March 11th, 2006


a very freudian evening

Half of tonight was spent on vaginas. The other half, penises.

The Baldwin coffeehouse thing was a lot more fun than I expected poetry with lesbians to be. I opened the event with Allen Ginsberg's Howl, to modest applause, and it was followed by an eclectic variety of acts including Adriana's drunken standup routine (if you know Adriana, you can pretty much imagine how that went), a rousing mostly-transgendered rendition of Cat Stevens's "Sing Out", a silent performance piece involving creative uses for disposable tampons, and some absolutely mind-blowing Mozart. (Michelle Micciche speaks in a soft voice, but her singing can break windows. She can do opera like a woman five times her size.)

Followed up by paying Eric a visit; he was much jollier than usual for reasons I'm not at liberty to disclose. We watched A Clockwork Orange--yes, after all these years, Kevin has finally seen A Clockwork Orange--and I think I have a new second favorite Kubrick film, just behind Full Metal Jacket. Not second favorite as in most enjoyable, by any stretch of the imagination; it had some of the most unpleasant shots I've ever seen in a movie. (And not just because almost every damn shot in the first third of the movie has a cock in it). And since it's Kubrick, it has shots that run forever, and it's just a little misogynistic, and the cinematography upstages the story. But all together it was a very powerful and thought-provoking film. I'd be more specific, but I don't want to spoil anything. I will say, however, that the fake censorship shot was absolutely brilliant.

Was pretty bummed this afternoon--partly because of Esmail getting on my case, partly because big programming projects are fucking depressing--so I'm very grateful for this sweet respite from the usual cycle of tedium and anxiety.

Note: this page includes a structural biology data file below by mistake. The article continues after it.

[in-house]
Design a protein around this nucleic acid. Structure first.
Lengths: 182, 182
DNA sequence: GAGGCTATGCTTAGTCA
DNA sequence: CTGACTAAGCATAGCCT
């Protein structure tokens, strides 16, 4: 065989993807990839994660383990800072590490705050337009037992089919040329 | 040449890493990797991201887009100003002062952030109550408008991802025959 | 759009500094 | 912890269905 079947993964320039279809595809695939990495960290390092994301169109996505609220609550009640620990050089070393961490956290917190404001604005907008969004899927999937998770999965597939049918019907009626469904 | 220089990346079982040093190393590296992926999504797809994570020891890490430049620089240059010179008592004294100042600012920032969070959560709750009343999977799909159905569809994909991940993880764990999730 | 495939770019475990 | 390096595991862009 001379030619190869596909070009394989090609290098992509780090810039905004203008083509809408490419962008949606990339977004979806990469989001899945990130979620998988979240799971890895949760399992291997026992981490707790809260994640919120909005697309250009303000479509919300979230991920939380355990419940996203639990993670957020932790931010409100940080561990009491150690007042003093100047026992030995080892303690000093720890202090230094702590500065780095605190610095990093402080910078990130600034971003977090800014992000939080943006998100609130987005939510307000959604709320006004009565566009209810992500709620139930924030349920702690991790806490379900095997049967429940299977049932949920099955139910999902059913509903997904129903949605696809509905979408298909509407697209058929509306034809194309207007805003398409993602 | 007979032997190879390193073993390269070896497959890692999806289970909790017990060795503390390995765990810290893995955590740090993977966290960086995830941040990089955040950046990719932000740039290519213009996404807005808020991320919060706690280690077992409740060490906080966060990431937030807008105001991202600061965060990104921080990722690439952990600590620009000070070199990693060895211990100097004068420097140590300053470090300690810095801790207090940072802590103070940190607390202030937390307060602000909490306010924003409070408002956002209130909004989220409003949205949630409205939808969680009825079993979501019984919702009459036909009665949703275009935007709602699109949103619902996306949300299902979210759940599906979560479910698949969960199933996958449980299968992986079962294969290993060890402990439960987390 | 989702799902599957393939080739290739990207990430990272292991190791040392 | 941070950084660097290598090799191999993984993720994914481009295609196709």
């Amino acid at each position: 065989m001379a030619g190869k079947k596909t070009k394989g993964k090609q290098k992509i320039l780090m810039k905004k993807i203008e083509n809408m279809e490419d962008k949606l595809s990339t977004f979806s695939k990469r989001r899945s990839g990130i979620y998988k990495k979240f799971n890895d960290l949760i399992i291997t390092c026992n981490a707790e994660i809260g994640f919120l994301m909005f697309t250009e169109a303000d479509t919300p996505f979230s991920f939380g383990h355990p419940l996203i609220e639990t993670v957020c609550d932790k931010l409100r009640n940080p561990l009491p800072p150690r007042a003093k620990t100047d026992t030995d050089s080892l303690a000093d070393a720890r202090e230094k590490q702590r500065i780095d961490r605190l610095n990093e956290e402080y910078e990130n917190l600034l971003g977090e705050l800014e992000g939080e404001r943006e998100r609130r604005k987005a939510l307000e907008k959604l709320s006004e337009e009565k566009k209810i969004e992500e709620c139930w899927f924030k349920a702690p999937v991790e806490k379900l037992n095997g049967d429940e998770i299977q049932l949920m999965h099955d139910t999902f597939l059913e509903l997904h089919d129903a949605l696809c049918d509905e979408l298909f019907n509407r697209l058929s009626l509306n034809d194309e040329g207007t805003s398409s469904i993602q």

Programming and writing--a strange combination of disciplines, but they work precisely because they're so different. Programming is so frustrating, so mindlessly computational, so ego-crushingly masochistic--do enough of it, and your imagination screams for escape from the cage of algorithms you build around it. You want to put yourself into your work, but there is nothing there to accept you, just numbers and psuedocode and straight lines. It is one step removed from you, it is work your mind does while your soul is elsewhere. Writing is equally frustrating, but for the opposite reason--it draws its power from the core of your being, sapping at the youness of you, and wastes most of it, and makes crap out of most of the rest, and siphons off your essence like a runaway hose until you can tackle it and get enough of it into a bucket. Assuming it will run at all, of course, instead of just having you wait over the bucket with the hose in your hand--and that's when you play with numbers, just to give you something to do as you're trying to squeeze something out. And that probably didn't make any sense because I've had a lot of sugar and a little caffeine and a bottle of Molson, and it's late and I'm feeling kind of giddy.
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